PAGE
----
by Robert Booz

Traditional ratatouille is a thick stew of Provençal vegetables. While traditional is absolutely delicious, I much prefer this updated preparation. Use it as a side dish with grilled GOOD Farm chicken or baked portabella mushrooms. If there are leftovers, serve the ratatouille room temperature with a bit of soft cheese, crackers, and a nice glass of white wine.


  • ¼ cup olive oil, plus a little more as needed
  • 1½ cups small diced red onion
  • 1 Tbsp. red wine vinegar
  • 2 cups medium diced eggplant, skin on, salted and drained
  • 1 cup diced red bell peppers
  • 1 cup diced zucchini squash
  • 1 cup diced yellow squash
  • 1 tsp. minced garlic
  • 1½ cups peeled, seeded, and chopped tomatoes
  • ½ tsp. dried herbs de Provence
  • 1 Tbsp. thinly sliced fresh basil
  • 1 Tbsp. chopped fresh parsley Salt and freshly ground black pepper, to taste

Sybil Teles

Ratatouille is a good family style dish. The origin of this veggie-heavy dish comes from the term touiller which in French translates to mean “toss food.”

Place a large nonstick skillet, or a well-seasoned cast iron, over medium-high heat. Add enough oil to just coat the bottom of the pan and once the pan is good and hot, add the onions and sauté until just soft and lightly browned, then add the red wine vinegar (this will help fix the color of the onions).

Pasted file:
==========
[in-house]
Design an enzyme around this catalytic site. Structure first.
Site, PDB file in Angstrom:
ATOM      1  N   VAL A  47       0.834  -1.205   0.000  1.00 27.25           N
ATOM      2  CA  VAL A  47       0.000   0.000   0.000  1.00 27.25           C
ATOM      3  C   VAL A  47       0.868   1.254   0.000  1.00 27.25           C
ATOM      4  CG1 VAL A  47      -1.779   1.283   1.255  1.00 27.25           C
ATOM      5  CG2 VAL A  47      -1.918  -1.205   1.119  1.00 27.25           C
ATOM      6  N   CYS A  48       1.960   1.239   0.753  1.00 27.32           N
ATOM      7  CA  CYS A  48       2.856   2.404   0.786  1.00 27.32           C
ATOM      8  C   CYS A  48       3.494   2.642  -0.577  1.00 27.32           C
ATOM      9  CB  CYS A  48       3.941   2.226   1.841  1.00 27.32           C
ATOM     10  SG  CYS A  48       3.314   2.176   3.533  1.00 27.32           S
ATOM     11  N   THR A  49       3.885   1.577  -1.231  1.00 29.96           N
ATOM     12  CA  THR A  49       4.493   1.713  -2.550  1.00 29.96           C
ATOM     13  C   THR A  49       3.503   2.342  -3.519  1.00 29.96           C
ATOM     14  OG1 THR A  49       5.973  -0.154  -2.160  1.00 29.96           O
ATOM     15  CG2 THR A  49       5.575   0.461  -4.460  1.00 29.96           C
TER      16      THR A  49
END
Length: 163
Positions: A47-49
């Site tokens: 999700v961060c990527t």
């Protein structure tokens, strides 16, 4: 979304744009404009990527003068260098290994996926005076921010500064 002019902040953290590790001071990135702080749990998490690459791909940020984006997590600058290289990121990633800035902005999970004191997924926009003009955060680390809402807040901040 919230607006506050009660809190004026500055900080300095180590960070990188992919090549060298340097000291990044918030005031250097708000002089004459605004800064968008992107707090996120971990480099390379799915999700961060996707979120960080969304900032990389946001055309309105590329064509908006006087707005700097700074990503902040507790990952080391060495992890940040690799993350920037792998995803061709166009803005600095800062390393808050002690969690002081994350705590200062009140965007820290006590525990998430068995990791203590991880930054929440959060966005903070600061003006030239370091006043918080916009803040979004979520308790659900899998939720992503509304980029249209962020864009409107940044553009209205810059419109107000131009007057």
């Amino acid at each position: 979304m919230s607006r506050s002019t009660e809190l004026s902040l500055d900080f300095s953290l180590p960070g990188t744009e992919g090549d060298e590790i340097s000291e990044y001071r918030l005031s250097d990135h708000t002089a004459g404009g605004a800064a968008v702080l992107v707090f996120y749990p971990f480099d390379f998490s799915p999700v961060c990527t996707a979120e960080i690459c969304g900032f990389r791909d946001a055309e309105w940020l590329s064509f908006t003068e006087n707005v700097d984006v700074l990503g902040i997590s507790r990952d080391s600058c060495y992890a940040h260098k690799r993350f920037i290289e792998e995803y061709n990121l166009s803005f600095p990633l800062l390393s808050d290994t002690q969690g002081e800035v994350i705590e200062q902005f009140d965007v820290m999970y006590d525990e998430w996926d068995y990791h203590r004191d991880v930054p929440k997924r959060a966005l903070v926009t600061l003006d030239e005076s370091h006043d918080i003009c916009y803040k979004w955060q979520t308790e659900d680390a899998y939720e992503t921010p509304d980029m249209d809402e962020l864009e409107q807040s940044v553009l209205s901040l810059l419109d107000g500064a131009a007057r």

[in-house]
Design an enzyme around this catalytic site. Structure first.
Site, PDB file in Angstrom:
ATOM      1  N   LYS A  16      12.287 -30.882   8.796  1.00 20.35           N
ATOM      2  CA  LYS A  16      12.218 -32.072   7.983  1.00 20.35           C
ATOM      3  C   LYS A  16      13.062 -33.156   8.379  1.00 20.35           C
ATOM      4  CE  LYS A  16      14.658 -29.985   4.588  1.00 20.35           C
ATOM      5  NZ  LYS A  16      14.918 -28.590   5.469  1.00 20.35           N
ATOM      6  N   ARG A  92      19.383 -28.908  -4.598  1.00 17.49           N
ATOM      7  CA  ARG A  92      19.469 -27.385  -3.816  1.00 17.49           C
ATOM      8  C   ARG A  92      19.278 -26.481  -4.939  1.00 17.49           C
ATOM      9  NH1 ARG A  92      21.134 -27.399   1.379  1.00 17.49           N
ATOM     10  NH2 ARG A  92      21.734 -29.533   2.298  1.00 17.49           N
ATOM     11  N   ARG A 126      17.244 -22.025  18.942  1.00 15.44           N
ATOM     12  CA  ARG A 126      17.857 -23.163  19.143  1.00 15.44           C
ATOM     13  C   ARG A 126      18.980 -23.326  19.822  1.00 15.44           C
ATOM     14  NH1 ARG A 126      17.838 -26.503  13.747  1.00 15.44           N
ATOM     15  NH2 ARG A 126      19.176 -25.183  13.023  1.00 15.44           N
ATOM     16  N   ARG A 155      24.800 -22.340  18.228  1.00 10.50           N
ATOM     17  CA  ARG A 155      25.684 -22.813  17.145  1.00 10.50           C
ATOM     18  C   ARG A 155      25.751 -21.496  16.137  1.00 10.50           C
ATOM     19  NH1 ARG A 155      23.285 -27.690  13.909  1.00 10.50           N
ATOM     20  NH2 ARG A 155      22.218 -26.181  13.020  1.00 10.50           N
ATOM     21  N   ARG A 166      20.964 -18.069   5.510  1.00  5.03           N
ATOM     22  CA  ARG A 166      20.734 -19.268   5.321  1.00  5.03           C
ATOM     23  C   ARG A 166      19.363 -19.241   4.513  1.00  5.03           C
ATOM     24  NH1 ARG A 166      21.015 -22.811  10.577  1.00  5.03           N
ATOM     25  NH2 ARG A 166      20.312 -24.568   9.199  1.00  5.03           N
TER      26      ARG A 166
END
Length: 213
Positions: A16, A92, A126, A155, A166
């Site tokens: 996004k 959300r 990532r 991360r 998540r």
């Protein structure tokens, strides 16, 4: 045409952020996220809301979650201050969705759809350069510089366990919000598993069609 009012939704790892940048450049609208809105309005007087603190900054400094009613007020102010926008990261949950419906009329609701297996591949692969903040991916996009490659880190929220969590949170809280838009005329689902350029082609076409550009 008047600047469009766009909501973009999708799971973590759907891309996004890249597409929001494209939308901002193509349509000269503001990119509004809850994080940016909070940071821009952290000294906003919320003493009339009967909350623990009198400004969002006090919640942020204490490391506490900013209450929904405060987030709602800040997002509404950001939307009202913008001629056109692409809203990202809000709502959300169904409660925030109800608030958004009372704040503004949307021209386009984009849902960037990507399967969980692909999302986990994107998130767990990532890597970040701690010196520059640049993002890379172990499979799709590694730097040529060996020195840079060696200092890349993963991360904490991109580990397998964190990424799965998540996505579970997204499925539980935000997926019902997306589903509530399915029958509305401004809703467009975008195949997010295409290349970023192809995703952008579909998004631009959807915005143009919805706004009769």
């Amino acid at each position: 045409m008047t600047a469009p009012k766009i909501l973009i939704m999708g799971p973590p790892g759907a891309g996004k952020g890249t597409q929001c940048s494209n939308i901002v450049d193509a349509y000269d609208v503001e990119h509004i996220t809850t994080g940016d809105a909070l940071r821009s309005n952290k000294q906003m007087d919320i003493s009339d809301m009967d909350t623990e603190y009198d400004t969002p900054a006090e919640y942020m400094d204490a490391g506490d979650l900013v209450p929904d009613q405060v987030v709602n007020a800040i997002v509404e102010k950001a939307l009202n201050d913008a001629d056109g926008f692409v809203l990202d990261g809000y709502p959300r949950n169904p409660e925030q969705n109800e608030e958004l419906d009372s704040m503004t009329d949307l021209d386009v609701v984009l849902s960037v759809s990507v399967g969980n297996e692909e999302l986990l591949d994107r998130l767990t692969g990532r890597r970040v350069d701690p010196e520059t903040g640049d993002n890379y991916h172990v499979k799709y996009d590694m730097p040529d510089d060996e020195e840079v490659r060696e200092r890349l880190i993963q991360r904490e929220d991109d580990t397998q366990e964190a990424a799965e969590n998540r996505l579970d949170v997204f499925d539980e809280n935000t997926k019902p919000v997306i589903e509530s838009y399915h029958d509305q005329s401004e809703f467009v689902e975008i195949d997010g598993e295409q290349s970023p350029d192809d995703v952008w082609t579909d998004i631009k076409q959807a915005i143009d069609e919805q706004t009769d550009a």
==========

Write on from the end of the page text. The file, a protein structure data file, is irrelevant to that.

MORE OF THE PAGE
Transfer the onions to a large bowl and wipe the pan clean with a kitchen rag. Return the pan to the heat and repeat with the remaining vegetables (eggplant, peppers, zucchini, and summer squash), omitting the vinegar. Work in batches, cook each vegetable separately and don’t overcrowd the pan. You want the vegetables to have some color but not be completely soft, they should still be a little toothsome.

Once you have all the cooked vegetables in the bowl, add the tomato, herbs, garlic, salt, pepper, and a little more olive oil. Toss together. You can serve this right away, but it improves in flavor the longer it sits, ideally overnight.

Recipe yields 4 to 6 servings.